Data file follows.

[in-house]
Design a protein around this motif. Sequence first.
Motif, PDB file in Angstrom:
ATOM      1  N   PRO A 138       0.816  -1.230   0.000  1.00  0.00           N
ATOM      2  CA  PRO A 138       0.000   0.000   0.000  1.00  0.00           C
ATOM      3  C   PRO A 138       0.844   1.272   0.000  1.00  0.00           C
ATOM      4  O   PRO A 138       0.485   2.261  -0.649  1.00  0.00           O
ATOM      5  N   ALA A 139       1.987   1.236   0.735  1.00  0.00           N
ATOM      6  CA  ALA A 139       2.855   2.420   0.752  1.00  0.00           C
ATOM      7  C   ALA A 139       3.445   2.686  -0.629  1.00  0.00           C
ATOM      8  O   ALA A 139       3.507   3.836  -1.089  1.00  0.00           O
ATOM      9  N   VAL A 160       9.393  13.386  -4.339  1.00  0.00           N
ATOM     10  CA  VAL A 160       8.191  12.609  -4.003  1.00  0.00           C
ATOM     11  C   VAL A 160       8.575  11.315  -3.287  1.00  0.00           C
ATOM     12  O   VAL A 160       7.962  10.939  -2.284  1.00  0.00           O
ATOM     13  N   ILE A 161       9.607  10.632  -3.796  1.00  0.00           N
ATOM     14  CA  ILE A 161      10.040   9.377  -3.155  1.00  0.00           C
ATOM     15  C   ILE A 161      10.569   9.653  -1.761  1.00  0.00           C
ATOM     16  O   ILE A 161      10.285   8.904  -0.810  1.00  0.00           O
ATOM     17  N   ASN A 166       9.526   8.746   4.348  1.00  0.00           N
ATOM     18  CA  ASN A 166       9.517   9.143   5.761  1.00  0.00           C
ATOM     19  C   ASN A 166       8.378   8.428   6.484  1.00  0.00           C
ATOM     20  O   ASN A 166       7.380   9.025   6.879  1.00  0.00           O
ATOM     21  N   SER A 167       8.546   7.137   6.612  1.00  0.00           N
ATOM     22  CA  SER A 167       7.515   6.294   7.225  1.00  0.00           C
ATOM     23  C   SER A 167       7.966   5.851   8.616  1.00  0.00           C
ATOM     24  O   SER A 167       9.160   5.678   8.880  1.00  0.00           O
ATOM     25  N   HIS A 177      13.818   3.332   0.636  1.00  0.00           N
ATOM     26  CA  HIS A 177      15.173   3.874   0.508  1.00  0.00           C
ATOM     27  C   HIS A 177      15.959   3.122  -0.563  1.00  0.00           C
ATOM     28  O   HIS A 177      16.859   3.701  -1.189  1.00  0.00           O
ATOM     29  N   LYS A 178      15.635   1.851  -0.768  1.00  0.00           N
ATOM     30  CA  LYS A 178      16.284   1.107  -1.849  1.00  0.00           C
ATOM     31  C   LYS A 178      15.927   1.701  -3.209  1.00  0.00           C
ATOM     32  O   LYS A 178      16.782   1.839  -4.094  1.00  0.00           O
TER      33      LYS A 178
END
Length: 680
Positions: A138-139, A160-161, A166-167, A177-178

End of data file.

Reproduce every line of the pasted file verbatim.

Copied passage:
[in-house]
Design a protein around this motif. Sequence first.
Motif, PDB file in Angstrom:
ATOM      1  N   PRO A 138       0.816  -1.230   0.000  1.00  0.00           N
ATOM      2  CA  PRO A 138       0.000   0.000   0.000  1.00  0.00           C
ATOM      3  C   PRO A 138       0.844   1.272   0.000  1.00  0.00           C
ATOM      4  O   PRO A 138       0.485   2.261  -0.649  1.00  0.00           O
ATOM      5  N   ALA A 139       1.987   1.236   0.735  1.00  0.00           N
ATOM      6  CA  ALA A 139       2.855   2.420   0.752  1.00  0.00           C
ATOM      7  C   ALA A 139       3.445   2.686  -0.629  1.00  0.00           C
ATOM      8  O   ALA A 139       3.507   3.836  -1.089  1.00  0.00           O
ATOM      9  N   VAL A 160       9.393  13.386  -4.339  1.00  0.00           N
ATOM     10  CA  VAL A 160       8.191  12.609  -4.003  1.00  0.00           C
ATOM     11  C   VAL A 160       8.575  11.315  -3.287  1.00  0.00           C
ATOM     12  O   VAL A 160       7.962  10.939  -2.284  1.00  0.00           O
ATOM     13  N   ILE A 161       9.607  10.632  -3.796  1.00  0.00           N
ATOM     14  CA  ILE A 161      10.040   9.377  -3.155  1.00  0.00           C
ATOM     15  C   ILE A 161      10.569   9.653  -1.761  1.00  0.00           C
ATOM     16  O   ILE A 161      10.285   8.904  -0.810  1.00  0.00           O
ATOM     17  N   ASN A 166       9.526   8.746   4.348  1.00  0.00           N
ATOM     18  CA  ASN A 166       9.517   9.143   5.761  1.00  0.00           C
ATOM     19  C   ASN A 166       8.378   8.428   6.484  1.00  0.00           C
ATOM     20  O   ASN A 166       7.380   9.025   6.879  1.00  0.00           O
ATOM     21  N   SER A 167       8.546   7.137   6.612  1.00  0.00           N
ATOM     22  CA  SER A 167       7.515   6.294   7.225  1.00  0.00           C
ATOM     23  C   SER A 167       7.966   5.851   8.616  1.00  0.00           C
ATOM     24  O   SER A 167       9.160   5.678   8.880  1.00  0.00           O
ATOM     25  N   HIS A 177      13.818   3.332   0.636  1.00  0.00           N
ATOM     26  CA  HIS A 177      15.173   3.874   0.508  1.00  0.00           C
ATOM     27  C   HIS A 177      15.959   3.122  -0.563  1.00  0.00           C
ATOM     28  O   HIS A 177      16.859   3.701  -1.189  1.00  0.00           O
ATOM     29  N   LYS A 178      15.635   1.851  -0.768  1.00  0.00           N
ATOM     30  CA  LYS A 178      16.284   1.107  -1.849  1.00  0.00           C
ATOM     31  C   LYS A 178      15.927   1.701  -3.209  1.00  0.00           C
ATOM     32  O   LYS A 178      16.782   1.839  -4.094  1.00  0.00           O
TER      33      LYS A 178
END
Length: 680
Positions: A138-139, A160-161, A166-167, A177-178